Performance of Adult Aphasics on a Sentence Evaluation and Revision Task Adult aphasics completed a sentence evaluation and revision task to test some aspects of their linguistic competence. Grammatical and ungrammatical sentences served as the stimuli. Ungrammatical sentences were characterized by violations of syntactic or semantic structure, or both. Aphasics evaluated correctly the grammatically of most stimulus sentences. Incorrect evaluations were ... Research Article
Research Article  |   September 01, 1976
Performance of Adult Aphasics on a Sentence Evaluation and Revision Task
 
Author Affiliations & Notes
  • Lynn S. Bliss
    Wayne State University, Detroit, Michigan
  • Arthur M. Guilford
    University of South Florida, Tampa
  • Ronald S. Tikofsky
    Florida International University, Miami
Article Information
Research Articles
Research Article   |   September 01, 1976
Performance of Adult Aphasics on a Sentence Evaluation and Revision Task
Journal of Speech, Language, and Hearing Research, September 1976, Vol. 19, 551-560. doi:10.1044/jshr.1903.551
History: Received January 31, 1975 , Accepted January 21, 1976
 
Journal of Speech, Language, and Hearing Research, September 1976, Vol. 19, 551-560. doi:10.1044/jshr.1903.551
History: Received January 31, 1975; Accepted January 21, 1976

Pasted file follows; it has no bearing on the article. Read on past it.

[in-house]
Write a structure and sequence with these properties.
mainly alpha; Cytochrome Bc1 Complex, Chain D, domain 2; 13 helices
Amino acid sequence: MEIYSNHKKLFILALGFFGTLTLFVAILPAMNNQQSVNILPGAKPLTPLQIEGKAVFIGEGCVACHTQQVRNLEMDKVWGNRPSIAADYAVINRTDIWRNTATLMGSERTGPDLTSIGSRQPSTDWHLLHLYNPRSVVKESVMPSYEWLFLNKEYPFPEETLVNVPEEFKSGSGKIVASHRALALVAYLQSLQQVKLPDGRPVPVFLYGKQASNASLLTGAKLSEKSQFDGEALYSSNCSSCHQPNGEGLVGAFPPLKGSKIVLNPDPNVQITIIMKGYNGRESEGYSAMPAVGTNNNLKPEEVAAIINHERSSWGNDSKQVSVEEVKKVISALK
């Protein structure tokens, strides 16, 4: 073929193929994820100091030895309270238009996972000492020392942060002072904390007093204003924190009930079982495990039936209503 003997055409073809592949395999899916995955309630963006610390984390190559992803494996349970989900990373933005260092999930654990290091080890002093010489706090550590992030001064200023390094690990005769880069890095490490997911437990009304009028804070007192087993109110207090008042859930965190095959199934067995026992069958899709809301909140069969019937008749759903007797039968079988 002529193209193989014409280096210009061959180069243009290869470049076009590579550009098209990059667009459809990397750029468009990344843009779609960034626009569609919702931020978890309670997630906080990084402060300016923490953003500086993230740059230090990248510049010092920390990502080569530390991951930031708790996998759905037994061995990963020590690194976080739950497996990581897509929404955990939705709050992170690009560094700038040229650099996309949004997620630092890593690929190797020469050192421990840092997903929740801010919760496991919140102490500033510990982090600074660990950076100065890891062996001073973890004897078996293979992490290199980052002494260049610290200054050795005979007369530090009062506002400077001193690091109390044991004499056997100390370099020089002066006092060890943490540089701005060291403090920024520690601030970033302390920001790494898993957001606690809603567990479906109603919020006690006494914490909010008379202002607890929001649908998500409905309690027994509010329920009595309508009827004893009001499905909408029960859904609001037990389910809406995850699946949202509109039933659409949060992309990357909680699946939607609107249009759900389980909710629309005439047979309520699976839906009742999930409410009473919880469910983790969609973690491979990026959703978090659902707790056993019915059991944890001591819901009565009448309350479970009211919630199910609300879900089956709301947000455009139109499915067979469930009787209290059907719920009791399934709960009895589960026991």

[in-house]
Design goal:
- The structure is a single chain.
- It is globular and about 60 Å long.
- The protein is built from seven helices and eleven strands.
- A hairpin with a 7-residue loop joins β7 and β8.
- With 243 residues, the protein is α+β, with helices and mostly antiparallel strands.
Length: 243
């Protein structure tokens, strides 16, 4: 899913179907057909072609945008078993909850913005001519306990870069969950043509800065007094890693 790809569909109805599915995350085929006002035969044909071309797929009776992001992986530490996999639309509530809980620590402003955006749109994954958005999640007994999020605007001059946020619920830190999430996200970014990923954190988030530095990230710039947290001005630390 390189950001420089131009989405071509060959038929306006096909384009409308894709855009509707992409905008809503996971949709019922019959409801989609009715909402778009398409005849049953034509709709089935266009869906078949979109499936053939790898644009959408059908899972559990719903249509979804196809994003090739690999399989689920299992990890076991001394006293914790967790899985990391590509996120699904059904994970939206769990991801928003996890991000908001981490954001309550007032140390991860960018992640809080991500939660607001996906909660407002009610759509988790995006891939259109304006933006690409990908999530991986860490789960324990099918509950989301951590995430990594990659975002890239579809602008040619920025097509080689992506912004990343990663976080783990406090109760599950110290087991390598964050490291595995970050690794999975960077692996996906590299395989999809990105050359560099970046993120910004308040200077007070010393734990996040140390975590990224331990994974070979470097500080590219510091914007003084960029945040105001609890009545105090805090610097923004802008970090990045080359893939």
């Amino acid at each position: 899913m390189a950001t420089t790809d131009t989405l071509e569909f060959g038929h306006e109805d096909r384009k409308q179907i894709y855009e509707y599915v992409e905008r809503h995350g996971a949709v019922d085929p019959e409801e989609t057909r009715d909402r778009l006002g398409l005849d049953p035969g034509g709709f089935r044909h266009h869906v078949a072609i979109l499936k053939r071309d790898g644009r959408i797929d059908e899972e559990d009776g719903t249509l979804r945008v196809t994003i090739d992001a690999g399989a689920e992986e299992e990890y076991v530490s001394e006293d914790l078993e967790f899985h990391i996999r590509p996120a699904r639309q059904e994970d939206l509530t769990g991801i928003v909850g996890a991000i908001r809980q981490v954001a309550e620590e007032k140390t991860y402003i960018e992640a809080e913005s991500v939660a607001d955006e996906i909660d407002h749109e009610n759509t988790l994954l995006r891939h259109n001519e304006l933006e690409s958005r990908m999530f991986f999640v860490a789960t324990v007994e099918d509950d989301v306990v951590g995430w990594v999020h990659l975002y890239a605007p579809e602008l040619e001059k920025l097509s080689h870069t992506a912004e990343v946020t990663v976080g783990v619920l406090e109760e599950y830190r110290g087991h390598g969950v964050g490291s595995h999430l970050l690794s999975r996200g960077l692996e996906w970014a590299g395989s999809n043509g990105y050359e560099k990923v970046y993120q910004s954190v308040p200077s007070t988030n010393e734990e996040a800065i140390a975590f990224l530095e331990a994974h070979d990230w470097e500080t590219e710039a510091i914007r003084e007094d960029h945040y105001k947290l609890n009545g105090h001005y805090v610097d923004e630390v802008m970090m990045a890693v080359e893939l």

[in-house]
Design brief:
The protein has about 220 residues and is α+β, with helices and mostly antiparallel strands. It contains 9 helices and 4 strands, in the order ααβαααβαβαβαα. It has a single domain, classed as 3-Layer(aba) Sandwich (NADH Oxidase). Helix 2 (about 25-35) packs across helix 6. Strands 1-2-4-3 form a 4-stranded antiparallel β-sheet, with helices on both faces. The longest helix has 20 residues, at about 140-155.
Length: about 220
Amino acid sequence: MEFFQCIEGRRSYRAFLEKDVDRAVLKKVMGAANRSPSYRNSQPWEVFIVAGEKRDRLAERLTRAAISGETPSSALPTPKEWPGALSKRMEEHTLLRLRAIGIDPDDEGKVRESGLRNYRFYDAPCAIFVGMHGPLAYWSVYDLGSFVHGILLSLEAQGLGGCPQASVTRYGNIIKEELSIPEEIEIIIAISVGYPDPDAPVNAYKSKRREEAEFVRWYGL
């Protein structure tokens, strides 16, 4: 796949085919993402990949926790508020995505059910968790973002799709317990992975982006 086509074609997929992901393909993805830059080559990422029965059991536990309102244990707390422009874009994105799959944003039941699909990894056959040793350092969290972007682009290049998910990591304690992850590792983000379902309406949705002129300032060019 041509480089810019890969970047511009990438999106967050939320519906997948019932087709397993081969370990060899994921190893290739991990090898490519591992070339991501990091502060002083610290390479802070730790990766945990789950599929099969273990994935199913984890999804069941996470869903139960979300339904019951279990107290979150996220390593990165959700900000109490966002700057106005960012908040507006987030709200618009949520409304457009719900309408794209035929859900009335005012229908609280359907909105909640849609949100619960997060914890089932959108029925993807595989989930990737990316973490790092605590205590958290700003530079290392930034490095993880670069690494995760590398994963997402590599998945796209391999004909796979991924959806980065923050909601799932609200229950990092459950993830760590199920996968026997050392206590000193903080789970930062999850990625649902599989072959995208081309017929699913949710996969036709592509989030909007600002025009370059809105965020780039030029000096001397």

Adult aphasics completed a sentence evaluation and revision task to test some aspects of their linguistic competence. Grammatical and ungrammatical sentences served as the stimuli. Ungrammatical sentences were characterized by violations of syntactic or semantic structure, or both. Aphasics evaluated correctly the grammatically of most stimulus sentences. Incorrect evaluations were associated with sentences characterized by violations of syntactic structure. Aphasics' revisions of sentences that they judged to be ungrammatical were in the direction of appropriate grammatical structures. Omission of morphological endings was the most frequent sentence revision error. Aphasics' errors on both tasks could be accounted for by performance deficits such as inattentiveness to syntactic detail, auditory perceptual impairments, and inefficient lexical retrieval. These findings lend support to the argument that aphasia is best characterized as a performance rather than competence disruption.

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